The Fancy Dessert You Should Never Order If You're In A Rush

Good things take time, but when you're waiting for your food at a restaurant, you may not always want to hear that. When your stomach is rumbling and the anticipation is high, it's easy to spend your wait time craning your neck for a view of your waiter walking toward you with steaming plates in hand. But considering many establishments in the U.S. allot about an hour and 45 minutes for a party of two, it can sometimes take a little longer than you think to get your food — especially when every minute feels like an eternity.

And there are a few variables that can determine the time it takes to receive your meal. For example, some waiters don't want to rush you if you're taking your time to finish an appetizer. Perhaps the restaurant sold more of a dish than what the kitchen was prepared to handle, or the servers are understaffed and have to cover hostess or bartender duties.

While these factors are out of your control, there is one that you can keep in mind. Some dishes simply take longer to make than others and you don't want to rush perfection. So if you're ordering this one dessert in particular, make sure it's on a night when you're not in a hurry.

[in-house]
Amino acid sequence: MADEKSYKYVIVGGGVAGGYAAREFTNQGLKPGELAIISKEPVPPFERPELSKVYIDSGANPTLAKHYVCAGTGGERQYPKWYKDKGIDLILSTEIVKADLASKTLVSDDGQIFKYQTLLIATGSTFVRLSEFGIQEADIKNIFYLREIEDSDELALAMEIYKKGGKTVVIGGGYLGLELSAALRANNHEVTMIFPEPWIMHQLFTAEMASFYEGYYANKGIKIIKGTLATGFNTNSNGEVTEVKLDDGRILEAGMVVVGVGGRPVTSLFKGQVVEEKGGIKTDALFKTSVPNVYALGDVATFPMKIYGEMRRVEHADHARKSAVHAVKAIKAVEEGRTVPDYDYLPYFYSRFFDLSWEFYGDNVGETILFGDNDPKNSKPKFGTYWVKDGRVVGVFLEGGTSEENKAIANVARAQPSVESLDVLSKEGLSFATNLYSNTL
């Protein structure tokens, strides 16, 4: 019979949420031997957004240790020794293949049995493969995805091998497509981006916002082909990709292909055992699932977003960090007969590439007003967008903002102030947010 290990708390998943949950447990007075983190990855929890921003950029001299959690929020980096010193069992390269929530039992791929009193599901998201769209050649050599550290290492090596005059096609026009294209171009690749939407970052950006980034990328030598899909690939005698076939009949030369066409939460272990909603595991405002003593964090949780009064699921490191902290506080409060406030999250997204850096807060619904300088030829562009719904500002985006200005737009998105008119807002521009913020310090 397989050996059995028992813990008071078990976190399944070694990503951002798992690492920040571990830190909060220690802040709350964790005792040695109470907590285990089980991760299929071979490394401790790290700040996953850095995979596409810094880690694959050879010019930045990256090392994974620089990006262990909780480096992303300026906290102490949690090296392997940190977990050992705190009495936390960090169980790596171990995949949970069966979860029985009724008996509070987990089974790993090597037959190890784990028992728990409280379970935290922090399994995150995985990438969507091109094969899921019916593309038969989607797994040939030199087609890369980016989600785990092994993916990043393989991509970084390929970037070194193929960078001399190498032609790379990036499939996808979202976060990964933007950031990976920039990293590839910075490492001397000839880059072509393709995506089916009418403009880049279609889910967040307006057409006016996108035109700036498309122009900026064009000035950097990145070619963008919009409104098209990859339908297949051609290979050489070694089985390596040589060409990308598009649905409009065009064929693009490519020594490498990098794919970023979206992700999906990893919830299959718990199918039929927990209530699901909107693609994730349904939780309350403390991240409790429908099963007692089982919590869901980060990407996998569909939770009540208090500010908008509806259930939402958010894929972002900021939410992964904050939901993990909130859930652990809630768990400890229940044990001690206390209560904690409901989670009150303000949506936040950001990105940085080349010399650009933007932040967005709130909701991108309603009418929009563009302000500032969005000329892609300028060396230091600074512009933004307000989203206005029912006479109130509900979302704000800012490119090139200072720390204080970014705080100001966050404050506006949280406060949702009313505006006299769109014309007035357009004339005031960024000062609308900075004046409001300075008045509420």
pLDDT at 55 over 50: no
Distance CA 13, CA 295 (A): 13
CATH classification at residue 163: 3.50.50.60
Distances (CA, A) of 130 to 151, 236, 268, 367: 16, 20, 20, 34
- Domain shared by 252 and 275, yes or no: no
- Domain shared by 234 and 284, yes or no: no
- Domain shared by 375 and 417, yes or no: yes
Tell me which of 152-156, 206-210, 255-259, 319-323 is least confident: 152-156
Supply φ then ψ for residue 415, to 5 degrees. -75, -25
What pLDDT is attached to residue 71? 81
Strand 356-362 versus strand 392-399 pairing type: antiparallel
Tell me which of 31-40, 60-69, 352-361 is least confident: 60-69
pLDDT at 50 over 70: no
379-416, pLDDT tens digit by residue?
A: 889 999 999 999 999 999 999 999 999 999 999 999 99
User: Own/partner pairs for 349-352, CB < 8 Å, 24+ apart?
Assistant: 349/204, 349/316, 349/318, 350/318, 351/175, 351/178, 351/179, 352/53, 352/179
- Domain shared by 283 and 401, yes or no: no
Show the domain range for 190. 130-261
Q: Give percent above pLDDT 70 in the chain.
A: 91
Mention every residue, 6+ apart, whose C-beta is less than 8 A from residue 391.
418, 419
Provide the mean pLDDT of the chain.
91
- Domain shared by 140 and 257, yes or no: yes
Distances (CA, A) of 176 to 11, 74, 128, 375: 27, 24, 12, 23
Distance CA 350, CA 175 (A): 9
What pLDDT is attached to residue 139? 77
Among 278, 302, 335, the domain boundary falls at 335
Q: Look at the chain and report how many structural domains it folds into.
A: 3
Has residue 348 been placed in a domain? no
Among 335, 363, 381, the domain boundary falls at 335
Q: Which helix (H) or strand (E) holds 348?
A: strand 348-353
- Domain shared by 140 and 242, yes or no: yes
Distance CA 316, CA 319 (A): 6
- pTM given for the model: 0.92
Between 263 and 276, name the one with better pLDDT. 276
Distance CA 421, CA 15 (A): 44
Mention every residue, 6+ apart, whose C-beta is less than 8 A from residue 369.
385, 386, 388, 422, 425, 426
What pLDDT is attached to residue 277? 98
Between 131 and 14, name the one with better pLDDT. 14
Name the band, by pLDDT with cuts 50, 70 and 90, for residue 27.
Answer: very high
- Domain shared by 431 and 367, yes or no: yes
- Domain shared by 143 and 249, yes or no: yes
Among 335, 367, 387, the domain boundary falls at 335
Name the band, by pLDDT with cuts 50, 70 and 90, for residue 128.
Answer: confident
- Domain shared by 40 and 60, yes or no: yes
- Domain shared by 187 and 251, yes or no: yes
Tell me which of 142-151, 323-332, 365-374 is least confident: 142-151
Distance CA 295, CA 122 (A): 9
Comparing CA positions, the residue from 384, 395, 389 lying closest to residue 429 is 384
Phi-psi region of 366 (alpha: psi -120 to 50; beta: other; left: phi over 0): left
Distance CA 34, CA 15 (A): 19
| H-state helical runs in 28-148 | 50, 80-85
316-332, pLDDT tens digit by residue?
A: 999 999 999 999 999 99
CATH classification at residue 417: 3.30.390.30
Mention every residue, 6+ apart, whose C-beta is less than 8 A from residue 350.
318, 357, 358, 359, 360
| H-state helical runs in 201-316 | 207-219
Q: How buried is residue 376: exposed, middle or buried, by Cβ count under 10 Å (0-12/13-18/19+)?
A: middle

Don't rush a soufflé

If you're ordering a soufflé for dessert at a restaurant, expect a longer-than-average wait time. This doesn't have to be a bad thing — you can use that time to kick back, relax, and chat with your party, accompanied by a glass of dessert wine or digestif. But making a soufflé is truly a delicate art, and as anyone who has ever made one knows, there isn't a lot of room to take shortcuts.

Our easy carrot soufflé recipe takes 30 minutes to bake, which doesn't sound like that long, but if you're waiting for your dessert for half an hour at a restaurant, you may start to get a little impatient. The real reason a soufflé takes its sweet time? They get their uniquely light, fluffy texture when they rise in the oven, meaning every minute counts. A soufflé is made by beating egg whites, which form air bubbles that the protein in the egg whites trap in.

If you underbake a soufflé, it becomes wet and soupy, which is not exactly what you ordered. Due to the extended wait time, waiters will often tell you to let them know in advance if you want to order the sweet treat. So do yourself and your server a favor, and be patient while you wait for your dessert — you'll likely be rewarded with a perfectly fluffy soufflé.